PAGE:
Advocacy groups are criticizing South Korea for abstaining from a United Nations resolution that expressed concern over human rights abuses in North Korea. The South's decision to abstain comes a year after Seoul supported a nearly identical measure. But as VOA's Kurt Achin reports from the South Korean capital, South Korean authorities find themselves in a delicate position this year.
The South Korean Foreign Ministry spokesman, Cho Hee-young, says his country's decision to abstain from the U.N. human rights resolution needs to be seen in a broader context. He says Seoul did not participate in the vote "in consideration of North-South Korean relations."
The resolution, which was passed by a United Nations human rights panel Tuesday, expresses "very serious concern" about reports of human rights abuses in the North.
Pyongyang has refused for years to allow a special U.N. researcher to enter the country. Nevertheless, U.N. authorities say there is credible evidence of widespread abuses by the North, including torture, forced abortion, and sentencing of entire families to labor camps for even minor political crimes.
South Korea supported a nearly identical U.N. measure last year, at a very tense moment. Just weeks earlier, North Korea had conducted its first nuclear weapons test, despite warnings from around the globe not to do so.
But relations between the two Koreas have warmed since then, as Pyongyang has demonstrated cooperation with multinational efforts to end its nuclear weapons programs. Last month, the second meeting of the leaders of the two Koreas, which are still technically at war, took place in the North Korean capital.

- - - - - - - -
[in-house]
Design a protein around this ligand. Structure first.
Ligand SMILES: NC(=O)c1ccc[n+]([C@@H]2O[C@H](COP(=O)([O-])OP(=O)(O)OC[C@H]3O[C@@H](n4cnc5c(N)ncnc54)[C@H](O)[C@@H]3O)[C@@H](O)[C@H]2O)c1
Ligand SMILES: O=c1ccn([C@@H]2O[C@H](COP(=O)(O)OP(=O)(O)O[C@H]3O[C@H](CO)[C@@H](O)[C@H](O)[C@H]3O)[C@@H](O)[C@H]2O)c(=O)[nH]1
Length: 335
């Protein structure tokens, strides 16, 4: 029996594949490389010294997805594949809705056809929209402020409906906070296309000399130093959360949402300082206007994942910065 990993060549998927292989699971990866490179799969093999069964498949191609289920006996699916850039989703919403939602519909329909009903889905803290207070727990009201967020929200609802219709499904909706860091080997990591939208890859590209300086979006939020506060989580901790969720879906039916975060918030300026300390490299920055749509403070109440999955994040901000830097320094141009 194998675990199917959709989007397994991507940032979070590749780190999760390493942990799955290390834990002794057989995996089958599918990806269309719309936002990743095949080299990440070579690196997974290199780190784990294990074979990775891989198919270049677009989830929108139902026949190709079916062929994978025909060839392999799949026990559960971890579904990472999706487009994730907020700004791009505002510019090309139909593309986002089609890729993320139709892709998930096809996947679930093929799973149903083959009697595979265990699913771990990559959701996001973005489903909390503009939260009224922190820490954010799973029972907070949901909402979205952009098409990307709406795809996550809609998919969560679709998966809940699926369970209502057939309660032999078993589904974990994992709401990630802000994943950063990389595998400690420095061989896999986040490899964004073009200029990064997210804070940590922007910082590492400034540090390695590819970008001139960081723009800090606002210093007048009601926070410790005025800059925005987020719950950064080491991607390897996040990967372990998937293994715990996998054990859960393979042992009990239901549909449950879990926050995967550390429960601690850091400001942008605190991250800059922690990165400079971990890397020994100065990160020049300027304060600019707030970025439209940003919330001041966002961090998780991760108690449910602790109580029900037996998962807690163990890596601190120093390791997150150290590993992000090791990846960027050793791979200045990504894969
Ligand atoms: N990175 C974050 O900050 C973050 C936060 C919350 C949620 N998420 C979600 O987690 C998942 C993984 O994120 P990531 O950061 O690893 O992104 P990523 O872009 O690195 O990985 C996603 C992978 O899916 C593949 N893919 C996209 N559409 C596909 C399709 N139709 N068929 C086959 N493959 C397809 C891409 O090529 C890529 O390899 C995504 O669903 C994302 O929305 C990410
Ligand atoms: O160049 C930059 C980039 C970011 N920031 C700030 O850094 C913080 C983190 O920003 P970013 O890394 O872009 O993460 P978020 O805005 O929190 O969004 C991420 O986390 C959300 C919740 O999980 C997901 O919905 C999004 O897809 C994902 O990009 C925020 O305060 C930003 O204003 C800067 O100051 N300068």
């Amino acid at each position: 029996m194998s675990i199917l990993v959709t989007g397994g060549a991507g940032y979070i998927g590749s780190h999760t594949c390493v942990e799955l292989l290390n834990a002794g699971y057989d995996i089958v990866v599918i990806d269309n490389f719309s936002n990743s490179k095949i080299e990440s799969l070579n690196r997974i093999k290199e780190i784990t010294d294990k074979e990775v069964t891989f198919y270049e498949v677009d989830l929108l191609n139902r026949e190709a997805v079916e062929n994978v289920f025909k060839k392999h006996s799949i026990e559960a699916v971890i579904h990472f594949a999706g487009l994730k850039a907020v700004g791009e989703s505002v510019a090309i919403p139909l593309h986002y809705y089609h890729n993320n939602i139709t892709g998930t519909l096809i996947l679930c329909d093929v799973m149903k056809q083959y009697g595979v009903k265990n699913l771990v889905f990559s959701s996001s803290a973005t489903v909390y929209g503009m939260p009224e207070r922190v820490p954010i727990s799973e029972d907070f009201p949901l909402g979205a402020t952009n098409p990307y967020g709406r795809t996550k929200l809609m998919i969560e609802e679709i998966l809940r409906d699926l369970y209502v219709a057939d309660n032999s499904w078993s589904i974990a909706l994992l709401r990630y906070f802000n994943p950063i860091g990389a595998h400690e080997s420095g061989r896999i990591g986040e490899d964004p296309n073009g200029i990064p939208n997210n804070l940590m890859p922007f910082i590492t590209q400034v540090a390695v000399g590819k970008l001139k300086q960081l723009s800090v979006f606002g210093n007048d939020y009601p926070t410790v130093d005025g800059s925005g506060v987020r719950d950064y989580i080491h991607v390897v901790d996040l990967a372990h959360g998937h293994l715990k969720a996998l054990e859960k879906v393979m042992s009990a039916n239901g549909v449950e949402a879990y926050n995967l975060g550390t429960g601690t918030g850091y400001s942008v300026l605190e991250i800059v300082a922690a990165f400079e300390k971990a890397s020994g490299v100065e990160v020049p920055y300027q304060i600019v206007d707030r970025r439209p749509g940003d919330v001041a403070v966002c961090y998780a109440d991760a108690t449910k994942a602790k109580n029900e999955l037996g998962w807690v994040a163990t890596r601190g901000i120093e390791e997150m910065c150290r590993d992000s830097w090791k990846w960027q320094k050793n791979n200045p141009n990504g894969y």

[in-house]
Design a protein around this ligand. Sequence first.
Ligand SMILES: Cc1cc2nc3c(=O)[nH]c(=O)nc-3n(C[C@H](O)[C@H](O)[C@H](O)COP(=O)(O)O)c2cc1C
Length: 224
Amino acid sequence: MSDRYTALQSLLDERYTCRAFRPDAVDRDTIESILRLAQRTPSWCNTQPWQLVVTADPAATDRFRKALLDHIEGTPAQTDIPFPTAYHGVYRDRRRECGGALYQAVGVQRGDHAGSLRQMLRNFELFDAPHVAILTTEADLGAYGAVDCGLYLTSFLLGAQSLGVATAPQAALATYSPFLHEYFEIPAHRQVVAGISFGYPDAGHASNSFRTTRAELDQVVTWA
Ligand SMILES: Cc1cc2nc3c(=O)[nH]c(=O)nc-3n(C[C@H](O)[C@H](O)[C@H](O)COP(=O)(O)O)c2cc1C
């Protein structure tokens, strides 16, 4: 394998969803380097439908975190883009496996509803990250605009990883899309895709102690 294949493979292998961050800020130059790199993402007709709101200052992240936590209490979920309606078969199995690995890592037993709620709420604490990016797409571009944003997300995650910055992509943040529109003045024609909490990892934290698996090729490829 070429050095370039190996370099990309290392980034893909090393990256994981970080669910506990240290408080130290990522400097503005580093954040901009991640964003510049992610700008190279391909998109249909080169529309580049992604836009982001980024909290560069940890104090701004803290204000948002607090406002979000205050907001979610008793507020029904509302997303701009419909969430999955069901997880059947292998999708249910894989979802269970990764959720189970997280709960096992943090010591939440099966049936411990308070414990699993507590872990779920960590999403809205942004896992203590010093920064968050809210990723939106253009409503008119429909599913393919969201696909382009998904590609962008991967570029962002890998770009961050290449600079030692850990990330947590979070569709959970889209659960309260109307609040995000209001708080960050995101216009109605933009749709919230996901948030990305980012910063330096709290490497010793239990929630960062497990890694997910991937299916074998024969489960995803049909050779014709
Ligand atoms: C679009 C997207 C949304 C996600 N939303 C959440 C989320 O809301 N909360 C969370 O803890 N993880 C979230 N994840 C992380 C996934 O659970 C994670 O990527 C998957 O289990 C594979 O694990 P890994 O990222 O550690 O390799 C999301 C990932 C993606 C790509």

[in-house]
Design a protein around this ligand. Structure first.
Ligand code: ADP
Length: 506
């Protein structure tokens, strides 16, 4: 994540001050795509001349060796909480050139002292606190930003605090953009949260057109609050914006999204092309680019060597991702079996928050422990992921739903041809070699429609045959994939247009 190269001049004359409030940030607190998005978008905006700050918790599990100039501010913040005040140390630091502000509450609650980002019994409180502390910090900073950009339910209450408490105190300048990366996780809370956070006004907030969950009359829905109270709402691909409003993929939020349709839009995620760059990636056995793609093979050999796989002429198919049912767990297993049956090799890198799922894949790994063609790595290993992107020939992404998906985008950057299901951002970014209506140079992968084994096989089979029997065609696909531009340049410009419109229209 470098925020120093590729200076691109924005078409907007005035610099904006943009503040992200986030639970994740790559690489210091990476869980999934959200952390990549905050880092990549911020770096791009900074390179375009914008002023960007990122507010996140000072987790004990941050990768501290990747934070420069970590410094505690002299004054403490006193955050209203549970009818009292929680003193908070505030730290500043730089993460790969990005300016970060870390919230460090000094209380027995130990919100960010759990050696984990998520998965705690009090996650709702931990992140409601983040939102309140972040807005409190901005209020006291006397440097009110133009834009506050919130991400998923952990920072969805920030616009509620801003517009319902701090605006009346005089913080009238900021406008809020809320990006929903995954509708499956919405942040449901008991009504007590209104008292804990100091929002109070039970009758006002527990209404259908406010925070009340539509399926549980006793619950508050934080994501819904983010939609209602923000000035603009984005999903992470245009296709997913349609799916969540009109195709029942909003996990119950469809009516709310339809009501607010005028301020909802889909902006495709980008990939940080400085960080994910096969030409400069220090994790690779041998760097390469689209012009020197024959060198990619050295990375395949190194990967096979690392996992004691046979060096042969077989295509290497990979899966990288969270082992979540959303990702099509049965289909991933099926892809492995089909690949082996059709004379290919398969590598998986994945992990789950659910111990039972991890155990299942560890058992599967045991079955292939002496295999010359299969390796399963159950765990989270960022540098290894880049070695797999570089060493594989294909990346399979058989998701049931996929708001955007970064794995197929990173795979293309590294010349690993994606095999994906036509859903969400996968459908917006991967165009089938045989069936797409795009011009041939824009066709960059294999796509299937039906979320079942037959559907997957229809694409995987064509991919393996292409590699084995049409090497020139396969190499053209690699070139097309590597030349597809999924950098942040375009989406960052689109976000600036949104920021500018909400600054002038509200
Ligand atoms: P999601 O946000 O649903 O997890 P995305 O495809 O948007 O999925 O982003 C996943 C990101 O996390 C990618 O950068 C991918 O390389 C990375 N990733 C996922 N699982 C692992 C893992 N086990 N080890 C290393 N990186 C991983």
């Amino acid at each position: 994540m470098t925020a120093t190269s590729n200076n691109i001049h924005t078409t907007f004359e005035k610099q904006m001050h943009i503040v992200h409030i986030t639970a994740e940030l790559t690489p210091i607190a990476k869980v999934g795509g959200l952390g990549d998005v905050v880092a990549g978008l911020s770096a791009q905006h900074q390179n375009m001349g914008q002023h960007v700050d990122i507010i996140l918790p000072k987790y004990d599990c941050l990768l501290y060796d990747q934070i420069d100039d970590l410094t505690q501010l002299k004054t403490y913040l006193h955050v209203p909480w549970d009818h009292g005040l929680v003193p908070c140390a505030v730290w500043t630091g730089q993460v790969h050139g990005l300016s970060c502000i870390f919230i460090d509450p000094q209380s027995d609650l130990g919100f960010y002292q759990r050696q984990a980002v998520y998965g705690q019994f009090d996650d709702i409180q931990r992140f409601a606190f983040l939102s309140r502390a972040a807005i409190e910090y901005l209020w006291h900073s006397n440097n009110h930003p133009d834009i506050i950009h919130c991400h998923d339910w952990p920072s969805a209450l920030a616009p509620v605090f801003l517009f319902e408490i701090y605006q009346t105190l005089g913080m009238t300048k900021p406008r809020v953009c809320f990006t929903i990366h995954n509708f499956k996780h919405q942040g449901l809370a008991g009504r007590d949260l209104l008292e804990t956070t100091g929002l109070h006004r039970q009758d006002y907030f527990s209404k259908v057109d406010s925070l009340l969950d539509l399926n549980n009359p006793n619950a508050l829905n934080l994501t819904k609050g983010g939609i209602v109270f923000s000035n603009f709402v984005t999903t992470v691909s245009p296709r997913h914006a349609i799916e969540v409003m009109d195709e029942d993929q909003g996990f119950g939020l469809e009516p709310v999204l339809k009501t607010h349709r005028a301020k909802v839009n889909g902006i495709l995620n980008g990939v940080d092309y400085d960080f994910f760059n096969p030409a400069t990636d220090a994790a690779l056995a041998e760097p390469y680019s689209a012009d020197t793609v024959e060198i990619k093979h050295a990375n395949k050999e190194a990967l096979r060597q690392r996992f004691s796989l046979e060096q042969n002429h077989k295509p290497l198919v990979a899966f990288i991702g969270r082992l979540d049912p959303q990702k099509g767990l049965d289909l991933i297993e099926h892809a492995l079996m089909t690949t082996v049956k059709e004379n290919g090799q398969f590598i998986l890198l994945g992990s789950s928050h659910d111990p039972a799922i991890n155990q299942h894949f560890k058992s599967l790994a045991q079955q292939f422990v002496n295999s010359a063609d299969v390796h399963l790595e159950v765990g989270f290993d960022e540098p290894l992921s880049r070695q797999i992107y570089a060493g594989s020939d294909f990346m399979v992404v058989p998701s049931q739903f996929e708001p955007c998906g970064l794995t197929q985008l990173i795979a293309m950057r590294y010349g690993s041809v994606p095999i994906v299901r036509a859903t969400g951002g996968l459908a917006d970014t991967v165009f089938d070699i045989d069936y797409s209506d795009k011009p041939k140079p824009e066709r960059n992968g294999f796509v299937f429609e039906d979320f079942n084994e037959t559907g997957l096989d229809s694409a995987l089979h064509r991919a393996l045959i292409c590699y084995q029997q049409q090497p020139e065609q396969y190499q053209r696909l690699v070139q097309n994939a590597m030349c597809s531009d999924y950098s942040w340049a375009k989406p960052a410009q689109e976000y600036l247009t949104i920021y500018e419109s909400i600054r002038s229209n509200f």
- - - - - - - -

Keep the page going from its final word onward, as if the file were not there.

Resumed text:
Officials are now working out details of a new range of North-South joint projects. South Korean President Roh Moo-hyun says he is hoping for a formal declaration of inter-Korean peace in the near future, more than 57 years after the North invaded the South.
Since the North began preliminary steps to end its nuclear programs, South Korea has resumed a policy of aid and cooperation with Pyongyang that began after the first inter-Korean summit in 2000. It has also avoided any comments that might irritate North Korean leader Kim Jong Il.
Kay Seok, Seoul-based spokeswoman for the advocacy group Human Rights Watch, says regardless of political developments, South Korea is wrong to send an inconsistent message about the North's abuses.
"On North Korea, there's really no dispute that the human rights situation is really abysmal," she says, "and countries should not... abstain from a human rights resolution based on other political reasons."
Park Sang-hak, a North Korean defector who heads a group advocating democracy in the North, is also disappointed by Seoul's turnaround. He says it is an insult to the North Korean people that South Korea treats their freedom and human rights as a matter of politics.
The human rights resolution is scheduled to be voted on by the full U.N. General Assembly in the near future.